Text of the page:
Ephesians 5 is the fifth chapter of the Epistle to the Ephesians in the New Testament of the Christian Bible. Traditionally, it is believed to be written by Apostle Paul while he was in prison in Rome (around AD 62). More recently, it is suggested to be written between AD 80 and 100 by another writer using Paul's name and style, however this theory is not widely accepted.[1][2] This chapter is a part of Paul's exhortation (Ephesians 4–6), with the particular section about how Christians should live in the world (4:17–5:20) and in their responsibilities as households (5:21–6:9).[3]

Ephesians 5
A fragment showing Ephesians 4:16–29 on recto side of Papyrus 49 from the third century.
BookEpistle to the Ephesians
CategoryPauline epistles
Christian Bible partNew Testament
Order in the Christian part10


The original text was written in Koine Greek. This chapter is divided into 33 verses.

Textual witnessesEdit

Some early manuscripts containing the text of this chapter are:

Old Testament referencesEdit

Walking in the light (5:1–20)Edit

This section provides an antithesis between the old and new life in three contrasts:

  1. "life modelled on the love of God and Christ" vs. "life mismatched with vices" which causes God's anger (verses 1–7);
  2. "life in the light" vs. "life full of hidden shamefulness" (verses 8–14);
  3. an unwise life relying on strong drink vs. a wise life guided by the Spirit (verses 15–20).[4]

Verse 14Edit

Therefore He says
"Awake, you who sleep,
Arise from the dead,
And Christ will give you light."[5]

Verse 14 may be a snatch of an early hymn.[6] Charles Wesley describes "one who sleeps" as "a sinner satisfied in his sins; contented to remain in his fallen state".[7]

Verse 16Edit

Redeeming the time, because the days are evil.[8]

Verse 17Edit

Therefore do not be unwise, but understand what the will of the Lord is.[11]

  • "Therefore do not be unwise": from Greek: διὰ τοῦτο μὴ γίνεσθε ἄφρονες, dia touto ginesthe aphrones,[12] "for this cause become not ye foolish".[10]

Verse 18Edit

Do not be drunk with wine, in which is dissipation; but be filled with the Spirit.[13]

Biblical theologian James Dunn notes a comparison between this exhortation and Pentecost day as it is recounted in Acts 2: "As at Pentecost the effect of the Spirit could give an impression of drunkenness. The difference is that strong drink taken in excess resulted in debauchery and dissipation", whereas fullness of the Spirit came to expression most characteristically in ... praise [of God] from the heart, and life lived in a spirit of thankfulness to God.[6][verify]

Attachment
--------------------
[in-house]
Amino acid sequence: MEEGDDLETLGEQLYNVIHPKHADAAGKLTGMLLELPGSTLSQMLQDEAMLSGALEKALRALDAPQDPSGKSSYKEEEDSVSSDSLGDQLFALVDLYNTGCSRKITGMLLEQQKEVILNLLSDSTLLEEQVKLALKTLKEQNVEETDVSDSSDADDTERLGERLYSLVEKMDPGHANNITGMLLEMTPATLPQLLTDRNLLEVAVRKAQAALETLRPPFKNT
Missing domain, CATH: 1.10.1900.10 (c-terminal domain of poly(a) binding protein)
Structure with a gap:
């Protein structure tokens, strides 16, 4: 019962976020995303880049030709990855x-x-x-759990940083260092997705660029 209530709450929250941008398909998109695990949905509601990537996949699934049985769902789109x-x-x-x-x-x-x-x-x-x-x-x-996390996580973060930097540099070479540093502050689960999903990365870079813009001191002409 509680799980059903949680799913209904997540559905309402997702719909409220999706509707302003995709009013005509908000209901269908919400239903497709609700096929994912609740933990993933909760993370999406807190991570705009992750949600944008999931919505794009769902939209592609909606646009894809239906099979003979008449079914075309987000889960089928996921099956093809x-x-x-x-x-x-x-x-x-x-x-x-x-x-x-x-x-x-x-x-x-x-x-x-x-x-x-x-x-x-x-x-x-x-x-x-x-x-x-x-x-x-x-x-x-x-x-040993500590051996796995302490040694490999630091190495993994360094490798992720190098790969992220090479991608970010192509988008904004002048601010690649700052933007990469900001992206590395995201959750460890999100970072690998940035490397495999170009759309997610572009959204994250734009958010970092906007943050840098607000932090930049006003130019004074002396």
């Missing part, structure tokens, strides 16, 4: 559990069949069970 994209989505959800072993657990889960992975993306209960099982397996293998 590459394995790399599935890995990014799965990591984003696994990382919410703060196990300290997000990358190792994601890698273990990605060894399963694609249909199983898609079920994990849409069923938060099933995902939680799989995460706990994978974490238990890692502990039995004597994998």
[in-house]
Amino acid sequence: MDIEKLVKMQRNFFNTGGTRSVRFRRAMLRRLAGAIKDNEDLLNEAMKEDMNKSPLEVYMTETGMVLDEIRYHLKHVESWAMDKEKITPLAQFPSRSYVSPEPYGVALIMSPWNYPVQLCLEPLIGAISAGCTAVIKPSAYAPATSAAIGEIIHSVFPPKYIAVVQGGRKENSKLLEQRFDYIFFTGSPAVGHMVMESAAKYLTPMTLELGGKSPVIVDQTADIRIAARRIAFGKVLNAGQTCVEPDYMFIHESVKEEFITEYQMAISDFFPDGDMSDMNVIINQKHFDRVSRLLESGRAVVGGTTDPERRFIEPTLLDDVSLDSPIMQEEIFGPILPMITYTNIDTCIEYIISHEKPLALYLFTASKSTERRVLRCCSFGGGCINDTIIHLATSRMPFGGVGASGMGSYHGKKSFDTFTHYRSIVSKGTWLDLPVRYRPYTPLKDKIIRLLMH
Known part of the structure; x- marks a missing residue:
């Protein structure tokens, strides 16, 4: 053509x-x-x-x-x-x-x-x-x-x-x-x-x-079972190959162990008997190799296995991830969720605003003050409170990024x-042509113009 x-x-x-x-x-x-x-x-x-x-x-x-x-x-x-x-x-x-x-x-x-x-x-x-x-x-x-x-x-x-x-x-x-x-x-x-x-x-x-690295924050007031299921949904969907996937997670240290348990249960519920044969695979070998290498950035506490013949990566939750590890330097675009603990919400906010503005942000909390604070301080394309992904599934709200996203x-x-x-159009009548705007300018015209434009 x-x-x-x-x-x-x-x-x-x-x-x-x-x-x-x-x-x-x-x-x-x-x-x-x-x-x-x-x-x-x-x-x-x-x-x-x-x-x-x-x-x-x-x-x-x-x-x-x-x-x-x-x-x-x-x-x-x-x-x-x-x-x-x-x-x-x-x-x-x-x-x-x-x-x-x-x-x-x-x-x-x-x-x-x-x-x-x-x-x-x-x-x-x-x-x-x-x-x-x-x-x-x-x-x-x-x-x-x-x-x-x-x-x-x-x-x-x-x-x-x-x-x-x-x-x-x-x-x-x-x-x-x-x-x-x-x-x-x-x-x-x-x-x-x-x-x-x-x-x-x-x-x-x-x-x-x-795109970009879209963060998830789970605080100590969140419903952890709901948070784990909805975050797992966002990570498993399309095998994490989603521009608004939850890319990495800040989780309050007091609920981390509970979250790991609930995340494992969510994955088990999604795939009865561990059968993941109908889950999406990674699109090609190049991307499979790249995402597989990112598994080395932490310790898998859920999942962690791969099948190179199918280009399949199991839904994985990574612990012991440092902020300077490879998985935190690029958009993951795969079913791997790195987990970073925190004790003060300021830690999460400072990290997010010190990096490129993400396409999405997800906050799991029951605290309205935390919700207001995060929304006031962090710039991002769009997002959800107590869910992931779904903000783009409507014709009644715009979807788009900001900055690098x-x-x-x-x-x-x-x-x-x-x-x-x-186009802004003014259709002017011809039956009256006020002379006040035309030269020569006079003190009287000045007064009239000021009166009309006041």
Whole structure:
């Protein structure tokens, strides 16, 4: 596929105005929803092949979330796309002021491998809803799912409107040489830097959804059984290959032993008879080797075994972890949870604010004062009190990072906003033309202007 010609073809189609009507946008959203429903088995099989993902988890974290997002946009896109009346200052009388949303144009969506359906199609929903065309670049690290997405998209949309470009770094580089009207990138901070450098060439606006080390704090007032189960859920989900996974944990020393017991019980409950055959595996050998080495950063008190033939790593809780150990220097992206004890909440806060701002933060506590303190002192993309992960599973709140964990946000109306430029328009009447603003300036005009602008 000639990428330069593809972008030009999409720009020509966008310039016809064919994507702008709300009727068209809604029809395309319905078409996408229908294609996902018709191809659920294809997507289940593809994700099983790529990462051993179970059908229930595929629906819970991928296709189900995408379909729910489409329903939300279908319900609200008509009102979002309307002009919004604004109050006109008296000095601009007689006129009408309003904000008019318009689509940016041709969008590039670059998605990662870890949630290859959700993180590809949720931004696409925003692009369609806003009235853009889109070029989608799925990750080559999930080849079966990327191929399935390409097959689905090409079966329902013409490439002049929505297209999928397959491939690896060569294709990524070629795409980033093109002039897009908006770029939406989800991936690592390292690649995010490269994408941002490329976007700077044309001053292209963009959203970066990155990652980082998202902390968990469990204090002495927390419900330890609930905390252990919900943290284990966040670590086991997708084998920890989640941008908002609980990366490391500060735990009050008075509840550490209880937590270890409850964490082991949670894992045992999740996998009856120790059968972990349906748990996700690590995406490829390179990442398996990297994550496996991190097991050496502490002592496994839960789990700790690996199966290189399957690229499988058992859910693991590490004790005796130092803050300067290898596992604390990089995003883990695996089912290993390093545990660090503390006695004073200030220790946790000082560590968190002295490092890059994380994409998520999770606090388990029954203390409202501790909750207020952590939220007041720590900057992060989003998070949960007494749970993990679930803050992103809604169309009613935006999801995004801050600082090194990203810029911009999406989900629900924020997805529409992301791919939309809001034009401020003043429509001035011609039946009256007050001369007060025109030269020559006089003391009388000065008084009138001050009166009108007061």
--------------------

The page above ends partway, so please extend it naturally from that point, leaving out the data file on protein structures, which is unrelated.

Household rules (5:21–33)Edit

Stretching to Ephesians 6:9, this part is built on "the tabulated framework of the rules for good household management rules", acknowledging a household as the basic unit of a society.[4] The health and stability of the society (and also the state) depend on the "basic relationships within the household: "husband and wife", "father and children", "master and slaves".[4] The good ethics in the Christian households, unlike in non-Christian ones, "have to be lived 'in the Lord', patterned after the unselfish, sacrificial love of Christ".[6]

Verse 22Edit

Wives, submit to your own husbands, as to the Lord.[14]

Verse 25Edit

Husbands, love your wives, just as Christ also loved the church and gave Himself for her,[15]

Verse 27Edit

and that He might present to Himself a glorious church, not having spot, or wrinkle, or any such thing, but that it should be holy and without blemish.[16]
  • "He": translated from the Greek pronoun αὐτός, autos, which focuses attention on Christ as the one who makes the church glorious.[17]
  • "Without blemish": that is, "without any fault to be found in her"; apparently alluding to the sacrifices (Leviticus 1:3; cf. Song of Solomon 4:7).[18]

Verse 28Edit

So husbands ought to love their own wives as their own bodies; he who loves his wife loves himself.[19]

  • "As their own bodies": like a common Jewish saying that a man's wife is, "as his own body";[20] and it is one of the precepts of their wise men, that a man should honour his wife more than his body, and "love her as his body";[21] for as they also say, they are but one body;[22] the apostle seems to speak in the language of his countrymen, as his doctrine and theirs agree in this point.[23]
  • "He that loves his wife loves himself": because she is one body and flesh with him.[23]

See alsoEdit


  1. ^ Bruce, F. F. (1988). The Canon of Scripture. Downers Grove, IL: InterVarsity Press. pp. 142, 158–60. ISBN 978-0-83081258-5.
  2. ^ Attridge, Harold W.; Meeks, Wayne A., eds. (2006). Study Bible (rev. ed.). New York: HarperCollins. pp. 1982–83. ISBN 978-0-06122840-7.
  3. ^ Dunn 2007, p. 1173.
  4. ^ a b c Dunn 2007, p. 1175.
  5. ^ Ephesians 5:14
  6. ^ a b c Dunn 2007, p. 1176.
  7. ^ Wesley, C., Sermon 3 (text from the 1872 edition), AWAKE, THOU THAT SLEEPEST, preached on Sunday April 4, 1742, before the University of Oxford, accessed 31 May 2020
  8. ^ Ephesians 5:16 KJV
  9. ^ Greek Text Analysis: Ephesians 5:16. Biblehub
  10. ^ a b Expositor's Greek Testament. "Ephesians 5". Accessed 24 April 2019.
  11. ^ Ephesians 5:17 MEV
  12. ^ Greek Text Analysis: Ephesians 5:17. Biblehub
  13. ^ Ephesians 5:18 NKJV
  14. ^ Ephesians 5:22 NKJV
  15. ^ Ephesians 5:25 NKJV
  16. ^ Ephesians 5:27 MEV
  17. ^ Note [a] on Ephesians 5:27 in NET Bible
  18. ^ Poole, Matthew, A Commentary on the Holy Bible. "Ephesians 5". Accessed on 22 August 2019.
  19. ^ Ephesians 5:28 NKJV
  20. ^ T. Bab. Beracot, fol. 24. 1. & Becorot, fol. 35. 2. Maimon. Hilchot Becorot, c. 2. sect. 17. Tzeror Hammor, fol. 18. 2
  21. ^ T. Bab. Yebamot, fol. 62. 2. & Sanhedrin, fol. 76. 2. Derech Eretz, fol. 17. 4. Maimon Hilchot Ishot, c. 15. sect. 19.
  22. ^ Tzeror Hammor, fol. 6. 3.
  23. ^ a b John Gill's Exposition of the Entire Bible, - Ephesians 5:28


External linksEdit